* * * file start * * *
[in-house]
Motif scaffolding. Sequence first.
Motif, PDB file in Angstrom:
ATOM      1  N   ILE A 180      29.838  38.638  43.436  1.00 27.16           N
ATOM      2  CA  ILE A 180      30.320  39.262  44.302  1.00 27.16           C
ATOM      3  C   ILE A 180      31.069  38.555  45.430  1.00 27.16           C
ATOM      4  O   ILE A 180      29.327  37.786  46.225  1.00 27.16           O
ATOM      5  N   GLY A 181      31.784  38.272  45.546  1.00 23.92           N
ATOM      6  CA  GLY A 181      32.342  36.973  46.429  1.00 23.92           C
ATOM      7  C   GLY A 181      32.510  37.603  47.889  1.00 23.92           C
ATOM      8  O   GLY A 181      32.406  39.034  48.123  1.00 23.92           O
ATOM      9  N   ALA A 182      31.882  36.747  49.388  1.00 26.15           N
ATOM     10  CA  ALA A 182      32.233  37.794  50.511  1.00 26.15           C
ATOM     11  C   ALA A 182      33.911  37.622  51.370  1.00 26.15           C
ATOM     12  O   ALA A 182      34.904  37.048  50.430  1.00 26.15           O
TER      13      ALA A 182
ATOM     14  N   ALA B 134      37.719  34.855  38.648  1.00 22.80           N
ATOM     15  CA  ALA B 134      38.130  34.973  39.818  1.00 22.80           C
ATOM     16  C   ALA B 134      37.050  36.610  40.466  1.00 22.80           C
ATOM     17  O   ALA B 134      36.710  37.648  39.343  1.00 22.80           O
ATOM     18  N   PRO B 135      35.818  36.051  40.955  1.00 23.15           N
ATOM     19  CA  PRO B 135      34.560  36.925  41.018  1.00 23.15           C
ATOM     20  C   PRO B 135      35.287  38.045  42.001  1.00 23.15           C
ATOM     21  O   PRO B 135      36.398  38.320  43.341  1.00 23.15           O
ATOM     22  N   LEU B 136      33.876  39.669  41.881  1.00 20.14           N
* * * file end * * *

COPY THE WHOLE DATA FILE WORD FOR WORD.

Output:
[in-house]
Motif scaffolding. Sequence first.
Motif, PDB file in Angstrom:
ATOM      1  N   ILE A 180      29.838  38.638  43.436  1.00 27.16           N
ATOM      2  CA  ILE A 180      30.320  39.262  44.302  1.00 27.16           C
ATOM      3  C   ILE A 180      31.069  38.555  45.430  1.00 27.16           C
ATOM      4  O   ILE A 180      29.327  37.786  46.225  1.00 27.16           O
ATOM      5  N   GLY A 181      31.784  38.272  45.546  1.00 23.92           N
ATOM      6  CA  GLY A 181      32.342  36.973  46.429  1.00 23.92           C
ATOM      7  C   GLY A 181      32.510  37.603  47.889  1.00 23.92           C
ATOM      8  O   GLY A 181      32.406  39.034  48.123  1.00 23.92           O
ATOM      9  N   ALA A 182      31.882  36.747  49.388  1.00 26.15           N
ATOM     10  CA  ALA A 182      32.233  37.794  50.511  1.00 26.15           C
ATOM     11  C   ALA A 182      33.911  37.622  51.370  1.00 26.15           C
ATOM     12  O   ALA A 182      34.904  37.048  50.430  1.00 26.15           O
TER      13      ALA A 182
ATOM     14  N   ALA B 134      37.719  34.855  38.648  1.00 22.80           N
ATOM     15  CA  ALA B 134      38.130  34.973  39.818  1.00 22.80           C
ATOM     16  C   ALA B 134      37.050  36.610  40.466  1.00 22.80           C
ATOM     17  O   ALA B 134      36.710  37.648  39.343  1.00 22.80           O
ATOM     18  N   PRO B 135      35.818  36.051  40.955  1.00 23.15           N
ATOM     19  CA  PRO B 135      34.560  36.925  41.018  1.00 23.15           C
ATOM     20  C   PRO B 135      35.287  38.045  42.001  1.00 23.15           C
ATOM     21  O   PRO B 135      36.398  38.320  43.341  1.00 23.15           O
ATOM     22  N   LEU B 136      33.876  39.669  41.881  1.00 20.14           N